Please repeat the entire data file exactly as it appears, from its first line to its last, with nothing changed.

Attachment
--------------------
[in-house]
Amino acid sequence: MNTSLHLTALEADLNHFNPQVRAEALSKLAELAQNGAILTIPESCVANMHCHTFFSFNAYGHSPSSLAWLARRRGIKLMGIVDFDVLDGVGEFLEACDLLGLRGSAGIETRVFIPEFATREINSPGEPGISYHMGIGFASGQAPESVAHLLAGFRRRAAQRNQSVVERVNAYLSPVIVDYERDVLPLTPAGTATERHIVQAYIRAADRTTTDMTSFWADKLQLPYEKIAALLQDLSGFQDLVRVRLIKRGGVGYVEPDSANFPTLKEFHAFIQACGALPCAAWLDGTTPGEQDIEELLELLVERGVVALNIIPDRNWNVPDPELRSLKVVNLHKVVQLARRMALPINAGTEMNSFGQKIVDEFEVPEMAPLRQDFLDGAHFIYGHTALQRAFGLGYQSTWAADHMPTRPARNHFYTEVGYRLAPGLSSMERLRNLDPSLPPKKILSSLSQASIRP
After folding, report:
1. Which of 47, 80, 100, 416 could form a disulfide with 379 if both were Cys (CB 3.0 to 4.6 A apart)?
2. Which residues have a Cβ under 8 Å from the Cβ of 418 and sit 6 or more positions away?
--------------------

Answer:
[in-house]
Amino acid sequence: MNTSLHLTALEADLNHFNPQVRAEALSKLAELAQNGAILTIPESCVANMHCHTFFSFNAYGHSPSSLAWLARRRGIKLMGIVDFDVLDGVGEFLEACDLLGLRGSAGIETRVFIPEFATREINSPGEPGISYHMGIGFASGQAPESVAHLLAGFRRRAAQRNQSVVERVNAYLSPVIVDYERDVLPLTPAGTATERHIVQAYIRAADRTTTDMTSFWADKLQLPYEKIAALLQDLSGFQDLVRVRLIKRGGVGYVEPDSANFPTLKEFHAFIQACGALPCAAWLDGTTPGEQDIEELLELLVERGVVALNIIPDRNWNVPDPELRSLKVVNLHKVVQLARRMALPINAGTEMNSFGQKIVDEFEVPEMAPLRQDFLDGAHFIYGHTALQRAFGLGYQSTWAADHMPTRPARNHFYTEVGYRLAPGLSSMERLRNLDPSLPPKKILSSLSQASIRP
After folding, report:
1. Which of 47, 80, 100, 416 could form a disulfide with 379 if both were Cys (CB 3.0 to 4.6 A apart)?
2. Which residues have a Cβ under 8 Å from the Cβ of 418 and sit 6 or more positions away?